BioMed Research International

BioMed Research International / 2018 / Article

Research Article | Open Access

Volume 2018 |Article ID 1375085 | https://doi.org/10.1155/2018/1375085

Chun-Ming Chen, Yu-Chuan Tseng, Edward Chengchuan Ko, Michael Yuan-Chien Chen, Kwei-Jing Chen, Jung-Hsuan Cheng, "Comparisons of Jaw Line and Face Line after Mandibular Setback: Intraoral Vertical Ramus versus Sagittal Split Ramus Osteotomies", BioMed Research International, vol. 2018, Article ID 1375085, 7 pages, 2018. https://doi.org/10.1155/2018/1375085

Comparisons of Jaw Line and Face Line after Mandibular Setback: Intraoral Vertical Ramus versus Sagittal Split Ramus Osteotomies

Academic Editor: Marília G. de Oliveira
Received17 Aug 2018
Accepted03 Dec 2018
Published18 Dec 2018

Abstract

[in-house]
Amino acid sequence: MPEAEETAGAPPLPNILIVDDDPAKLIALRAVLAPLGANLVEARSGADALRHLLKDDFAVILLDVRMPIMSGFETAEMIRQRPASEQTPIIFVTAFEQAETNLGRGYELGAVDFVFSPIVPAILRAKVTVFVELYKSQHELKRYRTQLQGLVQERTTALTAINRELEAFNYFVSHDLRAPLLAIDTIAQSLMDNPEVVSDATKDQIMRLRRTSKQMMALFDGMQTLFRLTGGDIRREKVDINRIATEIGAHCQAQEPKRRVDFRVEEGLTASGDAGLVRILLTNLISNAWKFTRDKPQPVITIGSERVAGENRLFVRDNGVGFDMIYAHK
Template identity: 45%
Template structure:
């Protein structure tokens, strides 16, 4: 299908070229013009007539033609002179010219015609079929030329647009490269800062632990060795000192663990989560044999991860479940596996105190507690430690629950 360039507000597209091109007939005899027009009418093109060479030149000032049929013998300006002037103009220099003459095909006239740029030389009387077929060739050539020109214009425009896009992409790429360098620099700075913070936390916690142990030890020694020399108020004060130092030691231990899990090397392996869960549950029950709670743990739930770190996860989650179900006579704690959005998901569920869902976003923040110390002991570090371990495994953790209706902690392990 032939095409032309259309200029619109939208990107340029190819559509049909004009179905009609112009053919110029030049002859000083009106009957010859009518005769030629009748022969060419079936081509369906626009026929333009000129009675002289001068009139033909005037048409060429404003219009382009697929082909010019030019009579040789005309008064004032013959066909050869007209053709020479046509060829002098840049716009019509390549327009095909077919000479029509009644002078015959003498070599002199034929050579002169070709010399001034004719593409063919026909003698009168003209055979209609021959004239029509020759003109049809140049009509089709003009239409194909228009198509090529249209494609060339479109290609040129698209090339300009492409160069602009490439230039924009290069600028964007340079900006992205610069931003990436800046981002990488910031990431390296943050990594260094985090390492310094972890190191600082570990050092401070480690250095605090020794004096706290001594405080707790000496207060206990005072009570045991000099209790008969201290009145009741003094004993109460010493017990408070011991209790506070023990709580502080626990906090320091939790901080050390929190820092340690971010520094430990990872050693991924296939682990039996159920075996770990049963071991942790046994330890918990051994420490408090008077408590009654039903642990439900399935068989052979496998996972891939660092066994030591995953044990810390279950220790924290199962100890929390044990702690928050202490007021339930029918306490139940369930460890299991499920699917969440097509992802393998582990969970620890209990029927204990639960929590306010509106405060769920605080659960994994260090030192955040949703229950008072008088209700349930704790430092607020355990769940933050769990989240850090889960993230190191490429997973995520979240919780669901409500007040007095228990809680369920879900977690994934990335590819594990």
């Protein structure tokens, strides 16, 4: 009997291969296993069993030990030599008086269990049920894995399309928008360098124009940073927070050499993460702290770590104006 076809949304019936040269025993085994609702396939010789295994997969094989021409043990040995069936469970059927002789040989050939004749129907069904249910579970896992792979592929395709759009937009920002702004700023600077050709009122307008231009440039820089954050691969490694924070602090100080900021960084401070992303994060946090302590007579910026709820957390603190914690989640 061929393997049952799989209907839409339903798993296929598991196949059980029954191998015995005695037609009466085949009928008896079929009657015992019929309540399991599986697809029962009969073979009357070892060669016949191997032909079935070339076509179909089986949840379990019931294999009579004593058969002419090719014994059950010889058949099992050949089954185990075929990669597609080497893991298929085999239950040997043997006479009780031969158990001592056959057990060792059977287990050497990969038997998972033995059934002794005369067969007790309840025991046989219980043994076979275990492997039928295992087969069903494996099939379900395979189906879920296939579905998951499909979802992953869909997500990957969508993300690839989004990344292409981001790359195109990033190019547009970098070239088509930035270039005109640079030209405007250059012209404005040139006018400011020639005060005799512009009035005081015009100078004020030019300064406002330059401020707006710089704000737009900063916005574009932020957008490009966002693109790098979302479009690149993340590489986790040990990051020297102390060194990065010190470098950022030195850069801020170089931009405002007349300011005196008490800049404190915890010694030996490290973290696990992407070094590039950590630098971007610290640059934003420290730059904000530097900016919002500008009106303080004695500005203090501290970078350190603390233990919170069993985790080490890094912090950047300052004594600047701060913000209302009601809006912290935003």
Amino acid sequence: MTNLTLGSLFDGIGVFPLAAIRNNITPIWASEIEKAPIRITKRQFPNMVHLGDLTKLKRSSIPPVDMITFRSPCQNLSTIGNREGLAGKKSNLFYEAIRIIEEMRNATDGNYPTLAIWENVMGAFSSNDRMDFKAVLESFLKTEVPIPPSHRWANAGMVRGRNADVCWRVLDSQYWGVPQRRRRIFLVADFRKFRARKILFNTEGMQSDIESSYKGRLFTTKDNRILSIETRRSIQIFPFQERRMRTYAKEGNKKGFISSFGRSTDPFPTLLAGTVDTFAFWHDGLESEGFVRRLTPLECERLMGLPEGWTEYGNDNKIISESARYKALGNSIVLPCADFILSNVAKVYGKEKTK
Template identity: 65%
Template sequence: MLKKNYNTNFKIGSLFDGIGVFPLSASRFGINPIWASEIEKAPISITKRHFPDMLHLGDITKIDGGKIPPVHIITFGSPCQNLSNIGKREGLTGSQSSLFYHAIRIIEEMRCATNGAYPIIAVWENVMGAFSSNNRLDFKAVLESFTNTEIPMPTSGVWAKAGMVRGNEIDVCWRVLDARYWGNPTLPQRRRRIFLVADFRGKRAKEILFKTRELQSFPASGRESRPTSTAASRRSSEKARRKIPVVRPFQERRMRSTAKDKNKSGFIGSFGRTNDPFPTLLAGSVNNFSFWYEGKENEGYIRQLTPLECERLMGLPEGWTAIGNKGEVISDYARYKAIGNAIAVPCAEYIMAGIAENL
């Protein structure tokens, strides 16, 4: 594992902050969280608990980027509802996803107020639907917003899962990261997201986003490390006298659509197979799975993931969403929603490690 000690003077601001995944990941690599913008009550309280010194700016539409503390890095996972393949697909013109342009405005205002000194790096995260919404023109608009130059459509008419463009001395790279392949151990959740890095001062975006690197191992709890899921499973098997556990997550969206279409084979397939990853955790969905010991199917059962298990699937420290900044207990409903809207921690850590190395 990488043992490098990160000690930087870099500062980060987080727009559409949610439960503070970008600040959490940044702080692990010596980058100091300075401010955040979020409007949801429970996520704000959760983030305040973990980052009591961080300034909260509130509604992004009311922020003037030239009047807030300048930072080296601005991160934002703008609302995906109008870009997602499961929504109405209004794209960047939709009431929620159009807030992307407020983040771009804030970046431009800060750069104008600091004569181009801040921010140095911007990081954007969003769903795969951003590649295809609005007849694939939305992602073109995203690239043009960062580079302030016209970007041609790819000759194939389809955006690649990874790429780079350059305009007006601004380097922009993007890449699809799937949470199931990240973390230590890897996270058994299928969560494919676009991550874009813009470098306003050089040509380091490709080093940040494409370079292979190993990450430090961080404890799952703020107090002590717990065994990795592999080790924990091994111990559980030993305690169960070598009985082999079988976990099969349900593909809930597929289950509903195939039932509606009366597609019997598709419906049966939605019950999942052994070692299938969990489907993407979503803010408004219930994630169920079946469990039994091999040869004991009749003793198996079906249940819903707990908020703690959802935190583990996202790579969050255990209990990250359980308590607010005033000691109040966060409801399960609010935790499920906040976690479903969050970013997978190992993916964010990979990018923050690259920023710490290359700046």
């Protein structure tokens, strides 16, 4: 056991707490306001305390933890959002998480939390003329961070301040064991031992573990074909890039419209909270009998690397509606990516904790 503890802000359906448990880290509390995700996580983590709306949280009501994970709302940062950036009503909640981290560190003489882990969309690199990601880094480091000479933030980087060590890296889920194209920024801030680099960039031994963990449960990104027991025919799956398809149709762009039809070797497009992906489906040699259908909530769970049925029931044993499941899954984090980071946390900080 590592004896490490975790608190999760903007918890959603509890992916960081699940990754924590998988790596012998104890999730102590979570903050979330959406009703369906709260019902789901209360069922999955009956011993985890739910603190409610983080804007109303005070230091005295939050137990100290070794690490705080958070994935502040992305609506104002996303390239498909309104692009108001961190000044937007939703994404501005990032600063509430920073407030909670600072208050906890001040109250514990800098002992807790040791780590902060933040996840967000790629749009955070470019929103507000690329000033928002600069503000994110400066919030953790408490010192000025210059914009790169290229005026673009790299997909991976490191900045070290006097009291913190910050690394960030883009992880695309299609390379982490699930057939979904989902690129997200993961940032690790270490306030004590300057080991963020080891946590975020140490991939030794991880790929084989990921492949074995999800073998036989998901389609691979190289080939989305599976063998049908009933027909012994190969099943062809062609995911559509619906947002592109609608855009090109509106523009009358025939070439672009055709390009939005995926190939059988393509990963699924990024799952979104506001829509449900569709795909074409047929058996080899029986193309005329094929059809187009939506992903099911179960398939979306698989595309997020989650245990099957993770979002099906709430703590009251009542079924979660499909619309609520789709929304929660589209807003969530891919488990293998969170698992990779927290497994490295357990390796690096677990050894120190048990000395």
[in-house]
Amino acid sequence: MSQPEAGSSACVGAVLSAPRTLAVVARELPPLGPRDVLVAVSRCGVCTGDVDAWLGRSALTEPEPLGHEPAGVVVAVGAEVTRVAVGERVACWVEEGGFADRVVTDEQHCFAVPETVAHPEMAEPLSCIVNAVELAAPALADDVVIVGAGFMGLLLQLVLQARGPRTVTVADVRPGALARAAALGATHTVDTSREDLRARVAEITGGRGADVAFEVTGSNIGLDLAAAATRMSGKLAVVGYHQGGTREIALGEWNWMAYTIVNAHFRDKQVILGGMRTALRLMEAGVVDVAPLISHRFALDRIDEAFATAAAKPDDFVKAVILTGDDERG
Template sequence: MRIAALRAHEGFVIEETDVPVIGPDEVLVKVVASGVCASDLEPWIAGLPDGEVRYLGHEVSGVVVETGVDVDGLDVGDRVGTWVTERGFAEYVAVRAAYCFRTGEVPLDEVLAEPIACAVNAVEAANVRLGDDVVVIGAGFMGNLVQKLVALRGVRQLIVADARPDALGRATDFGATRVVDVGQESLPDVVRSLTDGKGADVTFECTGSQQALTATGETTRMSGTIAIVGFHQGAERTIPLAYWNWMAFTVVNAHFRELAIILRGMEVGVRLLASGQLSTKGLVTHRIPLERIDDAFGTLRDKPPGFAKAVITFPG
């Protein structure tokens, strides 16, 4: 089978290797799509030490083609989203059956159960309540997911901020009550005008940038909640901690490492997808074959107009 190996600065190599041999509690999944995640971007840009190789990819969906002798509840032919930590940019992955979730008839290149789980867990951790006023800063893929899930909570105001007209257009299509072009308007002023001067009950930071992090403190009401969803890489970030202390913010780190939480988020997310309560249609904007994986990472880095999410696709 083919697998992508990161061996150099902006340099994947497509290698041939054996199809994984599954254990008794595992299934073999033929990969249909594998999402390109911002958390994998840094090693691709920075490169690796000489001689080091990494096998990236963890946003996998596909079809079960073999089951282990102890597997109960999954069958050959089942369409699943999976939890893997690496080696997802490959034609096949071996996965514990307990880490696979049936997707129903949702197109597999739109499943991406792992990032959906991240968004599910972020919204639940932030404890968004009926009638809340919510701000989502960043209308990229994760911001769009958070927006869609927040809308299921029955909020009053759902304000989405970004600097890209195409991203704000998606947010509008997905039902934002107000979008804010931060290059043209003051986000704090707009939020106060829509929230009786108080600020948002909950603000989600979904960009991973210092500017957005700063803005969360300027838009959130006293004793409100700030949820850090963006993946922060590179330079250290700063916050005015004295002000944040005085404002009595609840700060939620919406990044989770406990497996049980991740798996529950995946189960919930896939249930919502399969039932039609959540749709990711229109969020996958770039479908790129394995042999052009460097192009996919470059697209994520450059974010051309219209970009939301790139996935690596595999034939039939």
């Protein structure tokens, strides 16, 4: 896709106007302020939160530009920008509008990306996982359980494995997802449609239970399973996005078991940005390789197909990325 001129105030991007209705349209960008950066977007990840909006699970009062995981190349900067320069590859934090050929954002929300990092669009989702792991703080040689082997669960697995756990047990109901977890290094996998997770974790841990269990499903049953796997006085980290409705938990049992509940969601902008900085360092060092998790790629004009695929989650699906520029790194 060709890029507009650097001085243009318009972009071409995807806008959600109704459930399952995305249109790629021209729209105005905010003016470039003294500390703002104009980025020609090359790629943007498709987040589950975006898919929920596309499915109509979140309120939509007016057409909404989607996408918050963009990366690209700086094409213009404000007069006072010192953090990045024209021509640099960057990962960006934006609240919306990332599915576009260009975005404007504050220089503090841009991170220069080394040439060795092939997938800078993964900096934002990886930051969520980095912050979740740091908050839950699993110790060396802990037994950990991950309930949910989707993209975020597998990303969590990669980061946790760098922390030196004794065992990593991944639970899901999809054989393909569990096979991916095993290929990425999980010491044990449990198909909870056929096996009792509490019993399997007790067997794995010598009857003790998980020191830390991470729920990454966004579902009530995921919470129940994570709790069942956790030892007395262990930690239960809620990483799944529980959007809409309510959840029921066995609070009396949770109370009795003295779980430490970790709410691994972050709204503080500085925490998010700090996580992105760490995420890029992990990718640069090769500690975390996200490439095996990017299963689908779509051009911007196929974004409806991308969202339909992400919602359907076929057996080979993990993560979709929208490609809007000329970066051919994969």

Background. This study investigates the differences in the lateral profile and frontal appearance after sagittal split ramus osteotomy (SSRO) and intraoral vertical ramus osteotomy (IVRO) procedures for the correction of mandibular prognathism. Methods. Sixty patients (30 SSRO and 30 IVRO) underwent mandibular setback surgery. Serial cephalograms were obtained: (1) T1: approximately 1 month before surgery; (2) T2: at least 6 months after surgery for SSRO and at least 1 year after surgery for IVRO. The landmarks, linear distances, and related angles were measured. The t-test was applied to the intragroup and intergroup comparisons. The null hypothesis was that SSRO and IVRO made no difference in the facial appearance. Results. In the IVRO group, the ramus and gonial widths significantly decreased by 3.9 mm and 5.8 mm, respectively. SSRO significantly reduced the gonial angle by 2.6°, and IVRO increased it significantly by 5.3°. The postoperative increases at frontal bone levels 0 and 1 after IVRO were significantly larger than those after SSRO, but, at level 3, the increases after SSRO were larger than those after IVRO. In the frontal muscular and facial planes, SSRO and IVRO presented no difference. The frontal jaw angle and face angle were significantly larger with IVRO than with SSRO. Therefore, the null hypothesis was rejected. Conclusions. The ramus width and gonial width were significantly decreased in IVRO compared to SSRO. IVRO increased angles in the lateral profile (gonial angle and mandibular plane angle) and frontal appearance (jaw angle and face angle) more than SSRO did.